Harris — the child of immigrants, a stepmother of two and the wife of a Jewish man — “carries an intersectional story of so many Americans who are never seen and heard.”

Harris, 56, moves into the vice presidency just four years after she first went to Washington as a senator from California, where she’d previously served as attorney general and as San Francisco’s district attorney. She had expected to work with a White House run by Hillary Clinton, but President Donald Trump’s victory quickly scrambled the nation’s capital and set the stage for the rise of a new class of Democratic stars.

Her swearing-in comes almost two years to the day after Harris launched her own presidential bid on Martin Luther King Jr. Day in 2019. Her campaign fizzled before primary voting began, but Harris’ rise continued when Joe Biden chose her as his running mate last August. Harris had been a close friend of Beau Biden, the elder son of Joe Biden and a former Delaware attorney general who died in 2015 of cancer.

The inauguration activities will include nods to her history-making role and her personal story.

She’ll be sworn in by Supreme Court Justice Sonia Sotomayor, the first woman of colour to serve on the high court. She’ll use two Bibles, one that belonged to Supreme Court Justice Thurgood Marshall, the late civil rights icon whom Harris often cites as inspiration, and Regina Shelton, a longtime family friend who helped raise Harris during her childhood in the San Francisco Bay Area. The drumline from Harris’ alma mater, Howard University, will join the presidential escort.

She’ll address the nation late Wednesday in front of the Lincoln Memorial, a symbolic choice as the nation endures one of its most divided stretches since the Civil War and two weeks after a largely white mob stormed the U.S. Capitol in an effort to overturn the election results.

“We’re turning the page off a really dark period in our history,” said Long Beach, California, Mayor Robert Garcia, a Harris ally. As Democrats celebrate the end to Trump’s presidency, Garcia said he hopes the significance of swearing in the nation’s first female vice-president isn’t overlooked.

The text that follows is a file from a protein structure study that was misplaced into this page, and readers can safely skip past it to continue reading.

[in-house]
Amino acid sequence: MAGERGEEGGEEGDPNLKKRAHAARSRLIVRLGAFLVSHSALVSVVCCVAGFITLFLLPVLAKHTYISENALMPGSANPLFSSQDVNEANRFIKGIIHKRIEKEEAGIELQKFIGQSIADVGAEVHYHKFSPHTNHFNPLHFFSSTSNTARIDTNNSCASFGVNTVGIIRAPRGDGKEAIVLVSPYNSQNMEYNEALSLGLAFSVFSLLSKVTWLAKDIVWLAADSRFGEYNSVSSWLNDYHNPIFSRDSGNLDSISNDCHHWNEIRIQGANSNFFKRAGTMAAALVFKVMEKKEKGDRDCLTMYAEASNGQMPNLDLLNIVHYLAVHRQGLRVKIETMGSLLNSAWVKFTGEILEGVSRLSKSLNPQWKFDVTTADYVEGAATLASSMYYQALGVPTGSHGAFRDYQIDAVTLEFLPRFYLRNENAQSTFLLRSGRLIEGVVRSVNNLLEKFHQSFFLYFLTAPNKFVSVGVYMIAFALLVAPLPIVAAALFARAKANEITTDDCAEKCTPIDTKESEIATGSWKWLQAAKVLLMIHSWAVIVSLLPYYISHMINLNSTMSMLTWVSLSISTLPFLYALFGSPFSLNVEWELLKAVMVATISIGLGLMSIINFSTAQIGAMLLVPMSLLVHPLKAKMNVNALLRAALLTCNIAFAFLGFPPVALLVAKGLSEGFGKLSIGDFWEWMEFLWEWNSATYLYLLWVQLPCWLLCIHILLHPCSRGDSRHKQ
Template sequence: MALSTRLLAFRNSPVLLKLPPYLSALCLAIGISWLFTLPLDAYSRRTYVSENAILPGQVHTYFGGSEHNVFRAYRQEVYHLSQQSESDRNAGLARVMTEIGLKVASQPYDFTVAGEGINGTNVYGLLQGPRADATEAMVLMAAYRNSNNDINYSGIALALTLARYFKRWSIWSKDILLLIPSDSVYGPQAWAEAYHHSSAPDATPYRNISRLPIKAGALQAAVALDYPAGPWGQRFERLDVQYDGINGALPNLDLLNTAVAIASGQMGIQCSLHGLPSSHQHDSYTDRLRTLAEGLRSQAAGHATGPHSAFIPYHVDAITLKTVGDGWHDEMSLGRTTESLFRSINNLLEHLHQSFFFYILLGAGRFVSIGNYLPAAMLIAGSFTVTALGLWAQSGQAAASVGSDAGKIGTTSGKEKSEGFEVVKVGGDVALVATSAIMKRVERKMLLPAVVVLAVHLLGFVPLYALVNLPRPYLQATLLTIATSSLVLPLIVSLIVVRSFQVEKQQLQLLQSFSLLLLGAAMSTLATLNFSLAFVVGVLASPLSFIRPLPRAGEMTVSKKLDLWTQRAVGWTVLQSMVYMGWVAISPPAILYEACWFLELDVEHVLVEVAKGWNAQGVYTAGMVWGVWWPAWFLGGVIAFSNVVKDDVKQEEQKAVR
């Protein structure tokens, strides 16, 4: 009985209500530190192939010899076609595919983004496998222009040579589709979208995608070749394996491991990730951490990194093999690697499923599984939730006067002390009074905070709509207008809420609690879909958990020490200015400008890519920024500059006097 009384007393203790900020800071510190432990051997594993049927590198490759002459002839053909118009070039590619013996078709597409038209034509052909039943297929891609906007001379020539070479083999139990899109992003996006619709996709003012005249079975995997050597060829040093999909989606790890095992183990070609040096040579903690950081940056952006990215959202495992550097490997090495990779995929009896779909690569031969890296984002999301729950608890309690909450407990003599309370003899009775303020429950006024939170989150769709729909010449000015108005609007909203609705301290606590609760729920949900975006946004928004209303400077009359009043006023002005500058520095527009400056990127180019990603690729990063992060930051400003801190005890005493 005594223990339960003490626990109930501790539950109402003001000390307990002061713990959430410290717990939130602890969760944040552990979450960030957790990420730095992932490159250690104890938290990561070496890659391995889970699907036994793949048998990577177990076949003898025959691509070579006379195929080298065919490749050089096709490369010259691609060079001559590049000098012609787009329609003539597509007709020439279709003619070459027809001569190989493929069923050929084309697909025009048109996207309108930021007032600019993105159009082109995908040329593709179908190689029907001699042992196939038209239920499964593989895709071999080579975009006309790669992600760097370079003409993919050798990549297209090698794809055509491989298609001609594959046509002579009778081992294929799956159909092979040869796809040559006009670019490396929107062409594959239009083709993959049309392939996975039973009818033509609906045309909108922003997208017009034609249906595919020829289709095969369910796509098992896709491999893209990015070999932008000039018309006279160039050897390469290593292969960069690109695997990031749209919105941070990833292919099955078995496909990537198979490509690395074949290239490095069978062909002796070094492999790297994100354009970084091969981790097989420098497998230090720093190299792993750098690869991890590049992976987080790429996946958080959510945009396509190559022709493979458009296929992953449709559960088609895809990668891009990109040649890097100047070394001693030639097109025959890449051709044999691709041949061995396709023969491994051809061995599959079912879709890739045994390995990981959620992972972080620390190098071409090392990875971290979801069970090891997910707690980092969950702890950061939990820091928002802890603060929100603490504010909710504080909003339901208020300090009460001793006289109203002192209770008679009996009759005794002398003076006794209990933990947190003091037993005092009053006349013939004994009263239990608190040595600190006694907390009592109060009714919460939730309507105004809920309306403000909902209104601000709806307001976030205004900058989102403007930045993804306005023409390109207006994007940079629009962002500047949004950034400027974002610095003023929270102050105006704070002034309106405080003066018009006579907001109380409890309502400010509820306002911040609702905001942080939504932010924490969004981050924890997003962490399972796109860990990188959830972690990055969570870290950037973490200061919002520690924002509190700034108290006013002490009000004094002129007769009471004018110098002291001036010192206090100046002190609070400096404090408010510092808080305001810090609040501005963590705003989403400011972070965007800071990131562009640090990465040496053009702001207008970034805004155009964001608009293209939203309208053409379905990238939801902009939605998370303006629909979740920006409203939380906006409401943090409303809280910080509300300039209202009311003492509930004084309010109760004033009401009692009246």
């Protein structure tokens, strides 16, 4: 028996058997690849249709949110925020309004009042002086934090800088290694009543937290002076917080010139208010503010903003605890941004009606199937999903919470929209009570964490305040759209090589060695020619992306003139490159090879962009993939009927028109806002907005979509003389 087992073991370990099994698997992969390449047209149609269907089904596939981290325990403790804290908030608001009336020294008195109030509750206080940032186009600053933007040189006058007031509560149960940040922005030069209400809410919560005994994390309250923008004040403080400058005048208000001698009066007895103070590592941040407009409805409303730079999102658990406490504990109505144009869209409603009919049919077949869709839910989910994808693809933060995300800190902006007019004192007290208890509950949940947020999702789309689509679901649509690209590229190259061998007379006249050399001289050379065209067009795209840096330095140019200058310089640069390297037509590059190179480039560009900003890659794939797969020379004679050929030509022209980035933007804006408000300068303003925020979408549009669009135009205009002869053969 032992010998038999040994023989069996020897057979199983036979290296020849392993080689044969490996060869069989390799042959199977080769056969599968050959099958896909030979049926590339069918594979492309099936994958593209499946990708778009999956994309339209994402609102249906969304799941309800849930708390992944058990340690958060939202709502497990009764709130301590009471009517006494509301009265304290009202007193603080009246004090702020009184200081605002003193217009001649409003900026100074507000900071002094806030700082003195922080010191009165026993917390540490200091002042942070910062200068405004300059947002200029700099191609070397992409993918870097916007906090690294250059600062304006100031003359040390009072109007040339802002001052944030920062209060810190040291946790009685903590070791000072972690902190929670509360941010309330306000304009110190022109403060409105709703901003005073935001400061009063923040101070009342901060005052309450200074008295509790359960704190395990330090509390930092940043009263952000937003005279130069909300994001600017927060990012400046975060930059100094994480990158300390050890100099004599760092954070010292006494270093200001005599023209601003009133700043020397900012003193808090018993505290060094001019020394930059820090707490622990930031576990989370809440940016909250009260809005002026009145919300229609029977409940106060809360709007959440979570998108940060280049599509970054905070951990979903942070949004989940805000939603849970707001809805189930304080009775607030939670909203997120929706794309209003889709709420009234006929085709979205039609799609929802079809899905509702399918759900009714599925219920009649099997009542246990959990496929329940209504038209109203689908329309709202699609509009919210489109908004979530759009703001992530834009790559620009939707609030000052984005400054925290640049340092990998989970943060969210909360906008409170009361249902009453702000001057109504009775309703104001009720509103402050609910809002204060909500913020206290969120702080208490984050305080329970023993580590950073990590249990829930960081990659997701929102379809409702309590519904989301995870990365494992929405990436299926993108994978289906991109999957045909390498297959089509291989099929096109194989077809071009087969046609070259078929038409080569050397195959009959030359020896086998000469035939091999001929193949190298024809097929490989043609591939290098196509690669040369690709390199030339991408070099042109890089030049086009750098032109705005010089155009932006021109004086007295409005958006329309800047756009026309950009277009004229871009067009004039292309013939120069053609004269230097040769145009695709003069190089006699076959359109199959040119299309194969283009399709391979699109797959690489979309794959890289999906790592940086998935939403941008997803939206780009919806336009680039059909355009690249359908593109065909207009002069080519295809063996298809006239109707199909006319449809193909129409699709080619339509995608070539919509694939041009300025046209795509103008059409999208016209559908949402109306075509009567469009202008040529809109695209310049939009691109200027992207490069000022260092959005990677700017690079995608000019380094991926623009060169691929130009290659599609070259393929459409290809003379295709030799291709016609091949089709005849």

“That is a huge historical moment that should also be uplifted,” he said.

Harris has often reflected on her rise through politics by recalling the lessons of her mother, who taught her to take on a larger cause and push through adversity.

“I was raised to not hear ‘no.’ Let me be clear about it. So it wasn’t like, “Oh, the possibilities are immense. Whatever you want to do, you can do,’” she recalled during a “CBS Sunday Morning” interview that aired Sunday. “No, I was raised to understand many people will tell you, ‘It is impossible,’ but don’t listen.’”

While Biden is the main focus of Wednesday’s inaugural events, Harris’ swearing-in will hold more symbolic weight than that of any vice-president in modern times.

She will expand the definition of who gets to hold power in American politics, said Martha S. Jones, a professor of history at Johns Hopkins University and the author of “Vanguard: How Black Women Broke Barriers, Won the Vote, and Insisted on Equality for All.”

People who want to understand Harris and connect with her will have to learn about what it means to graduate from a historically Black college and university rather than an Ivy League school. They will have to understand Harris’ traditions, like the Hindu celebration of Diwali, Jones said.

“Folks are going to have to adapt to her rather than her adapting to them,” Jones said.

Her election to the vice presidency should be just the beginning of putting Black women in leadership positions, Jones said, particularly after the role Black women played in organizing and turning out voters in the November election.

“We will all learn what happens to the kind of capacities and insights of Black women in politics when those capacities and insights are permitted to lead,” Jones said.

Kathleen Ronayne And Alexandra Jaffe, The Associated Press

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Politics Podcast: Did Trump Change The Rules Of Politics? – FiveThirtyEight

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For the final FiveThirtyEight Politics podcast episode of the Trump presidency, the crew is joined by ABC News White House Correspondent Karen Travers to discuss Trump’s legacy, how he changed politics and what the lasting effects will be. To help, they look back at an article editor-in-chief Nate Silver wrote shortly after Trump was inaugurated, “14 Versions Of Trump’s Presidency, From #MAGA To Impeachment,” to see what came true (and what Nate didn’t predict).

You can listen to the episode by clicking the “play” button in the audio player above or by downloading it in iTunes, the ESPN App or your favorite podcast platform. If you are new to podcasts, learn how to listen.

The FiveThirtyEight Politics podcast is recorded Mondays and Thursdays. Help new listeners discover the show by leaving us a rating and review on iTunes. Have a comment, question or suggestion for “good polling vs. bad polling”? Get in touch by email, on Twitter or in the comments.

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Vice-President Harris: A new chapter opens in US politics – 570 News